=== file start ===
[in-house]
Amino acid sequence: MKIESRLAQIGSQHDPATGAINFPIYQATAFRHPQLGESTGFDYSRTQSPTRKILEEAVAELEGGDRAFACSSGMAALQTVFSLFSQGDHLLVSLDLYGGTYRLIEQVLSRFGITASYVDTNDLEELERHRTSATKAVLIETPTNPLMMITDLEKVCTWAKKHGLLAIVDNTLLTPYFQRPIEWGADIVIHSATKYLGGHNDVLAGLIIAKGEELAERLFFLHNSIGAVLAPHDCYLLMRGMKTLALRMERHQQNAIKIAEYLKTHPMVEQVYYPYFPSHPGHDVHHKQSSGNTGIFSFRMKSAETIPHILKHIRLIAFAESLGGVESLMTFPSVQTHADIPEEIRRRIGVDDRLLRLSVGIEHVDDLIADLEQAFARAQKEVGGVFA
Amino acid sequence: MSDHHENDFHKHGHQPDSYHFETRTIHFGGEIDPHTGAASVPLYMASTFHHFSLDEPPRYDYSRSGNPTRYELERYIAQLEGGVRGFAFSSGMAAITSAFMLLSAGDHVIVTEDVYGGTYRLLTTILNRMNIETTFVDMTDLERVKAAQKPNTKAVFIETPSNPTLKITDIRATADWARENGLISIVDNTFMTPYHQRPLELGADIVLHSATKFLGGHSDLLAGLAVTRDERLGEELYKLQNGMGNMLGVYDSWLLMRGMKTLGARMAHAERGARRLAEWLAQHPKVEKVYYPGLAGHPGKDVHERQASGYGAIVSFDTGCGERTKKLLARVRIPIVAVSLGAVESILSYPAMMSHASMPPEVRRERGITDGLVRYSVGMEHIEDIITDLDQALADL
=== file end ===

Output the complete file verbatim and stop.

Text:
[in-house]
Amino acid sequence: MKIESRLAQIGSQHDPATGAINFPIYQATAFRHPQLGESTGFDYSRTQSPTRKILEEAVAELEGGDRAFACSSGMAALQTVFSLFSQGDHLLVSLDLYGGTYRLIEQVLSRFGITASYVDTNDLEELERHRTSATKAVLIETPTNPLMMITDLEKVCTWAKKHGLLAIVDNTLLTPYFQRPIEWGADIVIHSATKYLGGHNDVLAGLIIAKGEELAERLFFLHNSIGAVLAPHDCYLLMRGMKTLALRMERHQQNAIKIAEYLKTHPMVEQVYYPYFPSHPGHDVHHKQSSGNTGIFSFRMKSAETIPHILKHIRLIAFAESLGGVESLMTFPSVQTHADIPEEIRRRIGVDDRLLRLSVGIEHVDDLIADLEQAFARAQKEVGGVFA
Amino acid sequence: MSDHHENDFHKHGHQPDSYHFETRTIHFGGEIDPHTGAASVPLYMASTFHHFSLDEPPRYDYSRSGNPTRYELERYIAQLEGGVRGFAFSSGMAAITSAFMLLSAGDHVIVTEDVYGGTYRLLTTILNRMNIETTFVDMTDLERVKAAQKPNTKAVFIETPSNPTLKITDIRATADWARENGLISIVDNTFMTPYHQRPLELGADIVLHSATKFLGGHSDLLAGLAVTRDERLGEELYKLQNGMGNMLGVYDSWLLMRGMKTLGARMAHAERGARRLAEWLAQHPKVEKVYYPGLAGHPGKDVHERQASGYGAIVSFDTGCGERTKKLLARVRIPIVAVSLGAVESILSYPAMMSHASMPPEVRRERGITDGLVRYSVGMEHIEDIITDLDQALADL